My mom recently saw an article about home made profiteroles. After looking at the recipe she thought it was very similar to a cream puff recipe she’s been using for decades. In fact it was in the first cookbook she received as a wedding gift back in the 70’s…Craig Claiborne’s The New York Times Cookbook. My mom hadn’t made them in years since my dad now is king of the kitchen.
Whether it’s profiteroles or cream puffs you are making, it starts out the same. It’s really Choux pastry or pate a choux, which means it is cooked twice. The first time is when you fearlessly dump the flour into the boil mixture of butter and water and whip it in a frenzy into a ball of dough. Then, it’s transformed into delicious, crispy puffy balls waiting to be filled with whatever sweetness you desire …whipped cream, ice cream or custard.
This no-fail recipe is easy, according to my mom.
Check out the recipe after the jump.
1 cup water
1/2 cup butter(1 stick)
1/4 tsp. salt
1 cup sifted all purpose fur
1. Pre-heat oven t 450 F.
2. Combine water, salt, butter and bring to a boil in a deep pot. Remove from the heat and add the sifted flour all at once. Stir vigorously until mixture leaves the sides of the pot. If the ball does not form almost immediately, hold the pan over low heat and beat briskly a few times. Cool slightly.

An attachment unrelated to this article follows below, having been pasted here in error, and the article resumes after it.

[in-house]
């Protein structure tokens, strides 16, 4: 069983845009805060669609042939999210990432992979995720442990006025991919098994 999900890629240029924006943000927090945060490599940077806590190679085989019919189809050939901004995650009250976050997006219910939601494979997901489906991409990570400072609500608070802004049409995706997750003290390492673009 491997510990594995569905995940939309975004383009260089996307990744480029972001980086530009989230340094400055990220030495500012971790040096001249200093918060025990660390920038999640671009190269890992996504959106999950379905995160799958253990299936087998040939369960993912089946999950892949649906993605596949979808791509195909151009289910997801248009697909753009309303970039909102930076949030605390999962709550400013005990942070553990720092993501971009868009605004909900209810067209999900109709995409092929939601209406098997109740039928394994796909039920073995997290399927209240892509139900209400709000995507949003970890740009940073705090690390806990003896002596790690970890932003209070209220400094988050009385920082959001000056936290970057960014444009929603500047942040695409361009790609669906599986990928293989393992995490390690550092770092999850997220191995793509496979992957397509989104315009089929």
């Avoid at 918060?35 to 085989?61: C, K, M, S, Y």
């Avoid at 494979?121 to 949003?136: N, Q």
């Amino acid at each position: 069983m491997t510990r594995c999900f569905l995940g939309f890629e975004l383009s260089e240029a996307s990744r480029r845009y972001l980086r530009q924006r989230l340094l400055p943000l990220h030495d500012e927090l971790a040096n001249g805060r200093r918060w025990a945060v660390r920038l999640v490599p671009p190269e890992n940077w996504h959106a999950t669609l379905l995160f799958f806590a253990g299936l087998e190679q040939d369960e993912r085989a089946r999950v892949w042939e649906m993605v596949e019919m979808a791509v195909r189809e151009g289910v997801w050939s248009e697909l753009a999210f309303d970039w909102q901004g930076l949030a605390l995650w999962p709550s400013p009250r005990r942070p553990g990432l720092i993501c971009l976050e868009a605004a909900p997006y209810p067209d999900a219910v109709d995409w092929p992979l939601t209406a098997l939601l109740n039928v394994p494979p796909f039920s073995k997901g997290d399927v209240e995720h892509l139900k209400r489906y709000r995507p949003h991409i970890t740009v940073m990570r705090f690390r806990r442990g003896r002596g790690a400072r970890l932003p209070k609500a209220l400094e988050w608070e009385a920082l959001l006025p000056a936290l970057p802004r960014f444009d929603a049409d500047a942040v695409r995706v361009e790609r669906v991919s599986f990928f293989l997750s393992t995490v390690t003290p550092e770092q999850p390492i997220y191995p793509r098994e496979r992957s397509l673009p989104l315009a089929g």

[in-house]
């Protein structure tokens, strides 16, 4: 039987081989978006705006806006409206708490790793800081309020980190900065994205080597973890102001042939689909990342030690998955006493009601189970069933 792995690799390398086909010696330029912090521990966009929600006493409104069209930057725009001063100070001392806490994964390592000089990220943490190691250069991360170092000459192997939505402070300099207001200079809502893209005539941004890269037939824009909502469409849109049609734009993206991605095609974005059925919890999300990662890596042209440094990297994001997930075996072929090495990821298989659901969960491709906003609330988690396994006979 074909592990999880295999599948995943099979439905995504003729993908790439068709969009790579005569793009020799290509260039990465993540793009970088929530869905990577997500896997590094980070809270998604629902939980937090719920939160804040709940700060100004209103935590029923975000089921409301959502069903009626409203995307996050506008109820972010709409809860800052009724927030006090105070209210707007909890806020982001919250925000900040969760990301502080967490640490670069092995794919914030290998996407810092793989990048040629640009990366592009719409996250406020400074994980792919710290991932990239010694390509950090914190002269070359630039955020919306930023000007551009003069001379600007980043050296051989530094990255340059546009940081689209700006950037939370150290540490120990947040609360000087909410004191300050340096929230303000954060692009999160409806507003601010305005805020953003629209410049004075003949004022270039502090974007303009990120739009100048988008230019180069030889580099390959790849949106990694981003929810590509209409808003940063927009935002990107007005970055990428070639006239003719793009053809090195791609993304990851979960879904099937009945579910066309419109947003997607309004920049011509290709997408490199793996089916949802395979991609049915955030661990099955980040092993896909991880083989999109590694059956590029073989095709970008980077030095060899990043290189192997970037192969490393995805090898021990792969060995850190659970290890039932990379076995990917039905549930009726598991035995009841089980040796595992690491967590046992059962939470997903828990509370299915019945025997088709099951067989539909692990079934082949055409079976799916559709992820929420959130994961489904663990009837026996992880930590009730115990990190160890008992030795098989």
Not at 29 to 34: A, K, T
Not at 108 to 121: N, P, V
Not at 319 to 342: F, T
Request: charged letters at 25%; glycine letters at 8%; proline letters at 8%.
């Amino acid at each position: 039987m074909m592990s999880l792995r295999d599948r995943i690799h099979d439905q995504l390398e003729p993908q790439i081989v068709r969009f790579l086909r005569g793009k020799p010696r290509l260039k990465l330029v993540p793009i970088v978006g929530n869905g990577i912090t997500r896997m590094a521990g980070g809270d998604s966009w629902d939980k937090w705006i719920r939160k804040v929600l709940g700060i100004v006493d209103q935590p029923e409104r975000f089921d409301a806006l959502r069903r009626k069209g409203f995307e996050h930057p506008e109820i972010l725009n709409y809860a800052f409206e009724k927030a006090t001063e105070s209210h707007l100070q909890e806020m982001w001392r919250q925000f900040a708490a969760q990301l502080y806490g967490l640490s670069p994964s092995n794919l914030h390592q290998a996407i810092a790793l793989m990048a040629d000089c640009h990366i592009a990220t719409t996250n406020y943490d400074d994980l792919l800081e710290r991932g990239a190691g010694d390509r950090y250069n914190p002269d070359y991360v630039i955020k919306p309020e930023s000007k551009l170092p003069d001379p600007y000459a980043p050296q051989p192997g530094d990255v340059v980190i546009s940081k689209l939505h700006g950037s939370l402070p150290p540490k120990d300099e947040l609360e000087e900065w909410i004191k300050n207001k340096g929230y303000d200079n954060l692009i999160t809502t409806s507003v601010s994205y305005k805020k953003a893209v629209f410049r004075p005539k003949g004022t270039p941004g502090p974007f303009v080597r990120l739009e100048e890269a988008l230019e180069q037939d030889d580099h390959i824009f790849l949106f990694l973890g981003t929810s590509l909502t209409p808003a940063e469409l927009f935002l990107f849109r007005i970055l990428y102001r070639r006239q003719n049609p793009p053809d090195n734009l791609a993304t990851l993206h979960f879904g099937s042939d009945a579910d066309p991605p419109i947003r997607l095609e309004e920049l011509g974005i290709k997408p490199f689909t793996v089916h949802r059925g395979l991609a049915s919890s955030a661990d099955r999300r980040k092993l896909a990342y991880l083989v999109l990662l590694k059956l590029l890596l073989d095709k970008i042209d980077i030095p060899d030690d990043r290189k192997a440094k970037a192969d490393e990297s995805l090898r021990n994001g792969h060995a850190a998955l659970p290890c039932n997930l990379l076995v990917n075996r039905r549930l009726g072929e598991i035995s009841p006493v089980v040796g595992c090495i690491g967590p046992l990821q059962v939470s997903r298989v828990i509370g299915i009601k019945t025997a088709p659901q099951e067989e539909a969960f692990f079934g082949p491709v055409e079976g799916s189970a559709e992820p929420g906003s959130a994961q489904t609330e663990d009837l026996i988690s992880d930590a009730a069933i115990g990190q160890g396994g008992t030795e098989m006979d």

3. Add the eggs, one at a time and beat until the mixture is smooth and glossy after each addition.
4. Drop pastry mixture by rounded tablespoonfuls onto greased baking sheet. Space two inches apart as the mixture will expand to several times its size.
5. Bake 15 minutes, then reduce heat to 350 degrees and bake about 30 minutes more until no bubbles of fat remain.
6. Cut each puff in half with a serrated knife. Fill with vanilla ice cream, whipped cream or custard. Drizzle tops with chocolate sauce. If you don’t use them all, put them in a ziplock bag and freeze until you have a sweet attack.
If you want to make beignets, then drop in to hot oil and fry. Dust with powdered sugar.